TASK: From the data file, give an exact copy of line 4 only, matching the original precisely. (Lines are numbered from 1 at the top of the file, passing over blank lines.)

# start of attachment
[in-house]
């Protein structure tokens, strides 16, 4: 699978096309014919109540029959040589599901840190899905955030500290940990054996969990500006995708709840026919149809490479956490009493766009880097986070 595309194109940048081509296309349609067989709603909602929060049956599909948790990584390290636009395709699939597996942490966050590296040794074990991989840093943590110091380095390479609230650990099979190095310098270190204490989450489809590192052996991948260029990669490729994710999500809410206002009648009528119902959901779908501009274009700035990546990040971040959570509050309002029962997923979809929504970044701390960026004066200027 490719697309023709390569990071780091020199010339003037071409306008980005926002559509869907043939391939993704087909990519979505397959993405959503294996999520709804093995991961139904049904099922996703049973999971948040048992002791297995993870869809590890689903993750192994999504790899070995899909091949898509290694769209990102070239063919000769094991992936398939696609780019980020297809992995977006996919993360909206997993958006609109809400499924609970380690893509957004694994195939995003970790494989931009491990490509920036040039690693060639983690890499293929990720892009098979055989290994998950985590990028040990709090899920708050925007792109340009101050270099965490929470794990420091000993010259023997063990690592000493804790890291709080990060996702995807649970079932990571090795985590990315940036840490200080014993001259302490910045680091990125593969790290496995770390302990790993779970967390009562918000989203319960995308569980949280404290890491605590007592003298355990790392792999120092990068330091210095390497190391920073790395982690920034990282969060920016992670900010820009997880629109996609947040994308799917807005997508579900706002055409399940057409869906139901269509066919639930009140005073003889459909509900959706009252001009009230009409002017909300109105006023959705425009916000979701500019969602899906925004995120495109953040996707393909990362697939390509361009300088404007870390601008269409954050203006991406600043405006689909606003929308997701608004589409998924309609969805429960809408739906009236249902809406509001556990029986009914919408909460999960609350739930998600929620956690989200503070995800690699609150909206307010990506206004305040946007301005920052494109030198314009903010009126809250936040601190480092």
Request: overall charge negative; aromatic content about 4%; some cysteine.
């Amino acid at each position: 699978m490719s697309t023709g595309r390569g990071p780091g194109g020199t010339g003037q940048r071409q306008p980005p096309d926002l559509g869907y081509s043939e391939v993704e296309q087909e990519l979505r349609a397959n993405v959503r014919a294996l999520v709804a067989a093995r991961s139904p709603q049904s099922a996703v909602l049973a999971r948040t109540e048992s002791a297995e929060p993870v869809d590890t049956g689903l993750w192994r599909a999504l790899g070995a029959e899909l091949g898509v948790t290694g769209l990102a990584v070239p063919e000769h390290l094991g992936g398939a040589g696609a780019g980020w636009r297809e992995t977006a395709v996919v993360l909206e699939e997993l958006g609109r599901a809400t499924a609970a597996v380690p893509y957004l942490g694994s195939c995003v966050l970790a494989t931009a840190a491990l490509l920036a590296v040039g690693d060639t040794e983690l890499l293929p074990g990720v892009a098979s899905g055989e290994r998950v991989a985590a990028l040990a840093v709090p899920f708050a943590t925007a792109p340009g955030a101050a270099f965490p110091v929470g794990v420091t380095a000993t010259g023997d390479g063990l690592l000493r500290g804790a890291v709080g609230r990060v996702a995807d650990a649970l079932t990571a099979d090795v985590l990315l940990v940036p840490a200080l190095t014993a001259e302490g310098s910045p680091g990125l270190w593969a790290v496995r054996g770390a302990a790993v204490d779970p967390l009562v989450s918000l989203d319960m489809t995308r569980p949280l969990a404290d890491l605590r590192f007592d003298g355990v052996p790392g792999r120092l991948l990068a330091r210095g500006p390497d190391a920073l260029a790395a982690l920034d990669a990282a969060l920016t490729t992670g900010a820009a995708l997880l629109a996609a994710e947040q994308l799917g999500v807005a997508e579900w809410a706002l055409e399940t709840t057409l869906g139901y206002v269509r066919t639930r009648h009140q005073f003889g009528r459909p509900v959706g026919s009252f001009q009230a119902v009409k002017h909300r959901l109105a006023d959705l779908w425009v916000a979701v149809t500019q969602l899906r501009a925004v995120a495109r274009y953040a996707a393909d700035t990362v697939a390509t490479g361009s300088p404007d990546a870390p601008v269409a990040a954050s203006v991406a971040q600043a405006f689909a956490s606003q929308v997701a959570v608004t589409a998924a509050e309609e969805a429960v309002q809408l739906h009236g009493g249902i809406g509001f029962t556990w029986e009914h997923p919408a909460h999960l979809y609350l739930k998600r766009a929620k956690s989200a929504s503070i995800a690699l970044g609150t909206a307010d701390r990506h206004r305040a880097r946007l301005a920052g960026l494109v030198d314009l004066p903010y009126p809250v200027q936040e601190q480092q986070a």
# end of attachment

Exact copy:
């Amino acid at each position: 699978m490719s697309t023709g595309r390569g990071p780091g194109g020199t010339g003037q940048r071409q306008p980005p096309d926002l559509g869907y081509s043939e391939v993704e296309q087909e990519l979505r349609a397959n993405v959503r014919a294996l999520v709804a067989a093995r991961s139904p709603q049904s099922a996703v909602l049973a999971r948040t109540e048992s002791a297995e929060p993870v869809d590890t049956g689903l993750w192994r599909a999504l790899g070995a029959e899909l091949g898509v948790t290694g769209l990102a990584v070239p063919e000769h390290l094991g992936g398939a040589g696609a780019g980020w636009r297809e992995t977006a395709v996919v993360l909206e699939e997993l958006g609109r599901a809400t499924a609970a597996v380690p893509y957004l942490g694994s195939c995003v966050l970790a494989t931009a840190a491990l490509l920036a590296v040039g690693d060639t040794e983690l890499l293929p074990g990720v892009a098979s899905g055989e290994r998950v991989a985590a990028l040990a840093v709090p899920f708050a943590t925007a792109p340009g955030a101050a270099f965490p110091v929470g794990v420091t380095a000993t010259g023997d390479g063990l690592l000493r500290g804790a890291v709080g609230r990060v996702a995807d650990a649970l079932t990571a099979d090795v985590l990315l940990v940036p840490a200080l190095t014993a001259e302490g310098s910045p680091g990125l270190w593969a790290v496995r054996g770390a302990a790993v204490d779970p967390l009562v989450s918000l989203d319960m489809t995308r569980p949280l969990a404290d890491l605590r590192f007592d003298g355990v052996p790392g792999r120092l991948l990068a330091r210095g500006p390497d190391a920073l260029a790395a982690l920034d990669a990282a969060l920016t490729t992670g900010a820009a995708l997880l629109a996609a994710e947040q994308l799917g999500v807005a997508e579900w809410a706002l055409e399940t709840t057409l869906g139901y206002v269509r066919t639930r009648h009140q005073f003889g009528r459909p509900v959706g026919s009252f001009q009230a119902v009409k002017h909300r959901l109105a006023d959705l779908w425009v916000a979701v149809t500019q969602l899906r501009a925004v995120a495109r274009y953040a996707a393909d700035t990362v697939a390509t490479g361009s300088p404007d990546a870390p601008v269409a990040a954050s203006v991406a971040q600043a405006f689909a956490s606003q929308v997701a959570v608004t589409a998924a509050e309609e969805a429960v309002q809408l739906h009236g009493g249902i809406g509001f029962t556990w029986e009914h997923p919408a909460h999960l979809y609350l739930k998600r766009a929620k956690s989200a929504s503070i995800a690699l970044g609150t909206a307010d701390r990506h206004r305040a880097r946007l301005a920052g960026l494109v030198d314009l004066p903010y009126p809250v200027q936040e601190q480092q986070a």